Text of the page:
The proportion of overweight, obesity, or severe obesity increased from 38% to 45% among 4500 young people seen in a primary care network where most receive public insurance.
During the early months of the COVID-19 pandemic, rates of overweight and obesity increased markedly among children and adolescents from low-income families, according to a new study of more than 4500 young people aged 2 to 17 years seen in a large primary care network in Ohio.
The findings were presented at the 2022 European Congress on Obesity (ECO), held May 4-7 in Maastricht, Netherlands.
The study, led by Ihuoma Eneli, MD, MS, director, Center for Healthy Weight and Nutrition at the Nationwide Children’s Hospital and professor of pediatrics at The Ohio State University in Columbus, is believed to be one of the first to present findings on the impact of the pandemic on weight change in young persons from lower socioeconomic groups, according to a statement from the European Association for the Study of Obesity (EASO).
The months of pandemic-driven lockdown and switch to remote learning, the authors write, are strongly associated with risk factors for obesity, including decreased exercise, altered sleep routines, increased screen time, and poor nutrition choices. In the US where childhood obesity continues to increase and to drive early metabolic morbidity, the school closures and lack of social interaction as well as heightened stress and anxiety created the "perfect storm" for weight gain, said Eneli.
“We know that excess weight gain during childhood is difficult to reverse, and if left unchecked, can have serious health consequences such as type 2 diabetes, as well as higher odds of having obesity as an adult," she continued. "Poverty makes both obesity and its negative health effects more likely, and access to obesity care is disproportionately lower in minority populations. These new data underscore why urgent action is needed to close the gap between the most and least deprived to ensure every child has an equal chance to grow up healthy.”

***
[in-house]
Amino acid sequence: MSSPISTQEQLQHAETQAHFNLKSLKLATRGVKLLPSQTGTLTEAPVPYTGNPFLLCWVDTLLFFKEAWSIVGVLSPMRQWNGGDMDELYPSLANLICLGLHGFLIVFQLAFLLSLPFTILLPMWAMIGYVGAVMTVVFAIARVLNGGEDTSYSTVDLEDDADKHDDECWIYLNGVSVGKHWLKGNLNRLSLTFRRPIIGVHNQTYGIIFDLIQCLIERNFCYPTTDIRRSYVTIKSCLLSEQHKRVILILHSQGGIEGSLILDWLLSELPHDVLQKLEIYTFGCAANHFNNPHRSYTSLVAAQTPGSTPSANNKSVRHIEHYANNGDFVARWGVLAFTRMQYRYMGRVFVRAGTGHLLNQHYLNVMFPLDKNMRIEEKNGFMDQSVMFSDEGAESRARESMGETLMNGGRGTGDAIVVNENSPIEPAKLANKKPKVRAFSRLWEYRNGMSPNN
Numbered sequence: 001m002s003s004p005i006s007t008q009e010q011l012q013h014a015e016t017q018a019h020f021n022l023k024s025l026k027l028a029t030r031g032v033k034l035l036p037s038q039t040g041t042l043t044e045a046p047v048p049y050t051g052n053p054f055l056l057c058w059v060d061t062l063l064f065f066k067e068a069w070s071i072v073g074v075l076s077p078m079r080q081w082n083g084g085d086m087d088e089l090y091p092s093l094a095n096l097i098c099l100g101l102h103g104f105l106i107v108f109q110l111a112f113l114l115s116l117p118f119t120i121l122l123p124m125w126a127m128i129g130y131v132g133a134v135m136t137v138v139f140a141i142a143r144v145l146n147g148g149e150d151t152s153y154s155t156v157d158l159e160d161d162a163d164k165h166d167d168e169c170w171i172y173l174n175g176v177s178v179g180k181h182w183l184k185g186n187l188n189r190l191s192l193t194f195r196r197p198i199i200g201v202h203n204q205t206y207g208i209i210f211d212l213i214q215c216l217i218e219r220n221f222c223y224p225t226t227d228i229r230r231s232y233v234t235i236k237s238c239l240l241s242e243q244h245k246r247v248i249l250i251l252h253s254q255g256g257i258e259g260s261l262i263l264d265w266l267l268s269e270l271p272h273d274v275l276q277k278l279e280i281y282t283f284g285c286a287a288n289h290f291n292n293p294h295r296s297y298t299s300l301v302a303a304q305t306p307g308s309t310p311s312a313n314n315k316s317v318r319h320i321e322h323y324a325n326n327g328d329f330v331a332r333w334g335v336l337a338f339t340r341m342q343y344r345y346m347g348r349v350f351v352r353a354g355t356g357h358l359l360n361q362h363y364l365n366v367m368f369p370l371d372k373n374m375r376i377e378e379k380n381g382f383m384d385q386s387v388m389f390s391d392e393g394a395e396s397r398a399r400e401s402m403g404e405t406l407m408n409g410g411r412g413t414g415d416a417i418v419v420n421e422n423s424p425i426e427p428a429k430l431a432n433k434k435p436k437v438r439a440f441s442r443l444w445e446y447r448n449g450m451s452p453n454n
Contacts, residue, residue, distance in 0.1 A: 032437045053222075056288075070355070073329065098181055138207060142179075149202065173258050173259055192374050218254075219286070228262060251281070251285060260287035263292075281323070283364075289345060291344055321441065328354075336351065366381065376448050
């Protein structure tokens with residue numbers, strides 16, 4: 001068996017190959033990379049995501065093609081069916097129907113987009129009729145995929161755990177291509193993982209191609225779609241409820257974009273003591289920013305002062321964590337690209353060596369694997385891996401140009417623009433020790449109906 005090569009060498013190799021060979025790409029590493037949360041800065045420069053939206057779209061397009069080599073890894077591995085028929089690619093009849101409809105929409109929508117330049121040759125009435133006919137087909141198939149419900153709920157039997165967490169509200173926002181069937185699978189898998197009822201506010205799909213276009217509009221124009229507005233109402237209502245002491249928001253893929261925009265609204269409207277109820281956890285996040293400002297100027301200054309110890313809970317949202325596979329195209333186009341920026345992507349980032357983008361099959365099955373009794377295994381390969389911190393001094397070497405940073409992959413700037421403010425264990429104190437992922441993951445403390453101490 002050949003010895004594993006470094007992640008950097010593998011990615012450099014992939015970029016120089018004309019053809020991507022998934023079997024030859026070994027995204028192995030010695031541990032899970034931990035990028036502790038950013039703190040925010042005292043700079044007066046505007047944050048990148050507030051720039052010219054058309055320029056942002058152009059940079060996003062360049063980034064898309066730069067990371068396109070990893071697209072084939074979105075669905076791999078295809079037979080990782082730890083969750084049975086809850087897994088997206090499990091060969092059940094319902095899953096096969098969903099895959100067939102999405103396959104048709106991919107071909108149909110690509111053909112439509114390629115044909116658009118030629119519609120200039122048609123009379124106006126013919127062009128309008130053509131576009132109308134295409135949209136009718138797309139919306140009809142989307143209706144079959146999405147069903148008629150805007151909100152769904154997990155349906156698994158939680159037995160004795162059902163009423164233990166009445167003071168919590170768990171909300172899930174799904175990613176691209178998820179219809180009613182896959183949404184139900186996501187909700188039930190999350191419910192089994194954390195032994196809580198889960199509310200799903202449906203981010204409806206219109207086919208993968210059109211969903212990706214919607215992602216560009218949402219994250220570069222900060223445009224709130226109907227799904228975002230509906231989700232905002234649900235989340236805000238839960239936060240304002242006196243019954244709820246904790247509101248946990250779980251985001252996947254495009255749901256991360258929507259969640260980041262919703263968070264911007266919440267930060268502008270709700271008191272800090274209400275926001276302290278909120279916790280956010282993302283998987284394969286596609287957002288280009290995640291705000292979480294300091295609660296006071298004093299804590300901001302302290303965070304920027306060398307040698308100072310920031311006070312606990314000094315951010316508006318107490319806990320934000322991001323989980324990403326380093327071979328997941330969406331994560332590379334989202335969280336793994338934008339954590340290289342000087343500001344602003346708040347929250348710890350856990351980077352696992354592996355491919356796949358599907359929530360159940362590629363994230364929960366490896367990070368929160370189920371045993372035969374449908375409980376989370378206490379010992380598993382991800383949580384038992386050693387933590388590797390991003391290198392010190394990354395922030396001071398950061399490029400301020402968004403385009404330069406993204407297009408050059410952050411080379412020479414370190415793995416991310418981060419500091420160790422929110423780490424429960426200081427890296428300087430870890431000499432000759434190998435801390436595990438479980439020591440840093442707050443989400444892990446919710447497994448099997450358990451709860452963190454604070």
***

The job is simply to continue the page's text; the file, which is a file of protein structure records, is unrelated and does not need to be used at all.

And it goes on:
Eneli and colleagues analyzed electronic medical record data from young people aged 2–17 years who receive outpatient services through a large network of 12 primary care clinics in the Nationwide Children’s Hospital in Ohio. The majority of the more than 100 000 youths seen in the clinic network receive public insurance, like Medicaid.
The final cohort for analysis numbered 4509 young people who had measures of weight and height recorded at least once during clinic visits before the pandemic (January 1 to March 30, 2020 [Q1]) and at least once during early months of the pandemic (June 1 to September 30, 2020 [Q3]). The investigators compared change in weight category between Q1 and Q3 and, after adjusting for visit type and time lapse, used logistic regression to evaluate those weight category changes and age group, sex, and race/ethnicity.
The researchers found that the proportion of youth with overweight, obesity, or severe obesity increased from 38% to 45% and declined by almost 6% in the healthy weight category.
Overall, 23.1% of young people gained at least 5 kg, 4.3% gained ≥10 kg and in 17.8%, BMI rose by ≥2 units. Disturbingly Enili et al report that average (median) weight gain was highest, 5.8 kg, among young people with severe obesity (IQR = 5.2 kg).
Interestingly the researchers found that among youth who were underweight prior to the pandemic, 45.3% moved up to the healthy weight category, gaining a median of 2.1 kg.
Younger and minority youth fare poorly
Additional analyses found that younger children (aged 2–9 years), girls, and ethnic-minority youth were more likely to move to a higher weight category. For example, children aged between 2 and 9 years old were almost twice as likely to move up to a higher weight category (eg, healthy weight to overweight, or obesity to severe obesity) than those aged 14-17 years. Similarly, Hispanic children and teenagers were twice as likely to move up a weight category than their White peers.
In the EASO statement Enili points out that their findings reflect the early months of the pandemic and that individual and social adaptation to pandemic conditions over time may change the trajectory of weight change and that evolution deserves study, she said.
"Along with several negative pandemic-related consequences on child health (eg, increased mental health concerns, food insecurity, deficits in immunization coverage and school performance), addressing the excessive weight gain should be a top priority for families, administrators, or policymakers,” she said. Enili and coauthors conclude in the study abstract: "To reverse this upward trend, integrated multisector interventions that are mutually-reinforcing are urgently needed."
Limitations of the study noted by the authors include its observational design and limit to a single US primary care network. The effect of unmeasured factors, eg, lifestyle behaviors, sleep patterns, also cannot be ruled out.
Reference: Eneli IU, Xu J, Pratt K. Change in weight category among youth early in the COVID-19 pandemic. (P03.11). Obes Facts. 2022;15:1-240.